2. ^ match. Dictionary.com. Dictionary.com Unabridged (v 1.1). Random House, Inc. http://dictionary.reference.com/browse/match (accessed: February 05, 2007).
  3. ^ Martial, Epigrammata, I 41, XII 57
  4. ^ a b c Temple, Robert. (1986). The Genius of China: 3,000 Years of Science, Discovery, and Invention. With a forward by Joseph Needham. New York: Simon and Schuster, Inc. ISBN 0671620282. Page 98.
  5. ^ Carlisle, Rodney (2004). Scientific American Invetions and Discoveries, p.275. John Wiley & Songs, Inc., New Jersey. ISBN 0471244104.
  6. ^ a b c "János Irinyi". Hungarian Patent Office. http://www.mszh.hu/English/feltalalok/irinyi.html. Retrieved 2008-03-18. 
  7. ^ "Development of matches". Encyclopædia Britannica. http://www.britannica.com/eb/topic-294025/Janos-Irinyi. Retrieved 2008-03-18. 
  8. ^ Steve Charnovitz, "The Influence of International Labour Standards on the World Trading Regime. A Historical Overview," International Labour Review, Vol. 126, No. 5, September-October 1987, pp. 565, 571. The treaty was dated September 26, 1906.
  9. ^ Phosphorus
  10. ^ a b c d e f g h i j k l Threfall
  11. ^ a b IATA(2007). Dangerous Goods Regulations: Effective 1 January - 31 December 2007. Produced in consultation with ICAO. Montreal: International Air Transport Association. ISBN 92-9195-780-1.
  12. ^ http://mythbustersresults.com/episode-118-youtube-special
  13. ^ "Police: Boy playing with matches started 38,000-acre (150 km2) fire". CNN. 2001-10-31. http://www.cnn.com/2007/US/10/31/fire.california/index.html. Retrieved 2007-11-13. 

References

  • Beaver, Patrick, (1985). The Match Makers: The story of Bryant & May. London: Henry Melland Limited. ISBN 0-907929-11-7.
  • Emsley, John, (2000). The Shocking History of Phosphorus: A biography of the Devil's element. Basingstoke: Macmillan Publishing. ISBN 0-333-76638-5.
  • Oxford (1999). Concise Oxford Dictionary. Tenth Edition. Oxford: Oxford University Press.
  • Steele, H. Thomas (1987). Close Cover Before Striking: The Golden Age of Matchbook Art. Abeville Press.
  • Threlfall, Richard E., (1951). The story of 100 years of Phosphorus making: 1851 - 1951. Oldbury: Albright & Wilson Ltd.

External links


1911 encyclopedia

Up to date as of January 14, 2010

From LoveToKnow 1911

Additions, corrections and discussions on this subject by users of the Classic Encyclopedia can be found on the discussion page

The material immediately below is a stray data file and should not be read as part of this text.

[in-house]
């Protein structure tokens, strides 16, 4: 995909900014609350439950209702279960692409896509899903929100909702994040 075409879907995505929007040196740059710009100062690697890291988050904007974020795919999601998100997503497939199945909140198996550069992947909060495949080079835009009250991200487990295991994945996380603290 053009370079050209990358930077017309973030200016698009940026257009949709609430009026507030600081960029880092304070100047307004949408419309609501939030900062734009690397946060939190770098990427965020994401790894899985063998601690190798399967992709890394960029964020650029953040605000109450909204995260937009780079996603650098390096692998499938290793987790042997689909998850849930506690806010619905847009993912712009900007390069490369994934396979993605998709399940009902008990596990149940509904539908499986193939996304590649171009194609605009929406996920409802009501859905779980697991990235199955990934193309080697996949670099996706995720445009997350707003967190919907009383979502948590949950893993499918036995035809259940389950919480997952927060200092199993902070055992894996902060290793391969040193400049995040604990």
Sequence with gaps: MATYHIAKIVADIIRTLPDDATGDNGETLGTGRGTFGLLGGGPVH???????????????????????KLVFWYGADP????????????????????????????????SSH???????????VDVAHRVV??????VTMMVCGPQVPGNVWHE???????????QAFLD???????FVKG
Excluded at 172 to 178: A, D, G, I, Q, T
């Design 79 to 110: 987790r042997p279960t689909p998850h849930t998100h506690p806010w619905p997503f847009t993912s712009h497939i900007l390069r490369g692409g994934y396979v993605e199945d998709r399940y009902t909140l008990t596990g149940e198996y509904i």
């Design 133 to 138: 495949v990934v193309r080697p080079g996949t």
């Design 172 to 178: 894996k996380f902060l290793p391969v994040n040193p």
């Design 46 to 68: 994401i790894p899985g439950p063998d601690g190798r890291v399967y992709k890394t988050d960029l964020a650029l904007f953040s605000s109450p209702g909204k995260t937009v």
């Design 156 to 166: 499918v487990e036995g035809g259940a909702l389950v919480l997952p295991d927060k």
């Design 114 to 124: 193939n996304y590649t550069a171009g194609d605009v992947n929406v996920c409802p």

MATCH: 1. O. Eng. gemaecca, a cognate form of "make," meaning originally "fit" or "suitable"; a pair, or one of a pair of objects, persons or animals. As particularly applied to a husband and wife, and hence to a marriage, the word is especially used of two persons or things which correspond exactly to each other. The verb "to match" has also the meaning to "pit one against each other," and so is applied in sport to an arranged contest between individuals or sides.

2. O. Fr. mesche; apparently from a latinized form of Gr. µvea, mucus from the nose, applied to the nozzle of a lamp; primarily the wick which conveys oil or molten wax to the flame of a lamp or candle (this use is now obsolete), the word being then applied to various objects having the property of carrying fire. With early firearms a match, consisting of a cord of hemp or similar material treated with nitre and other substances so that it continued to smoulder after it had been ignited, was used for firing the charge, being either held in the gunner's hand or attached to the cock of the musket or arquebus and brought down by the action of the trigger on the powder priming ("matchlock"); and more or less similar preparations, made to burn more or less rapidly as required ("quick-match" and "slow-match"), are employed as fuses in blasting and demolition work in military operations. The word "match" was further used of a splint of wood, tipped with sulphur so that it would readily ignite, but it now most commonly means a slip of wood or other combustible material, having its end covered with a composition which takes fire when rubbed either on any rough surface or on another specially prepared composition.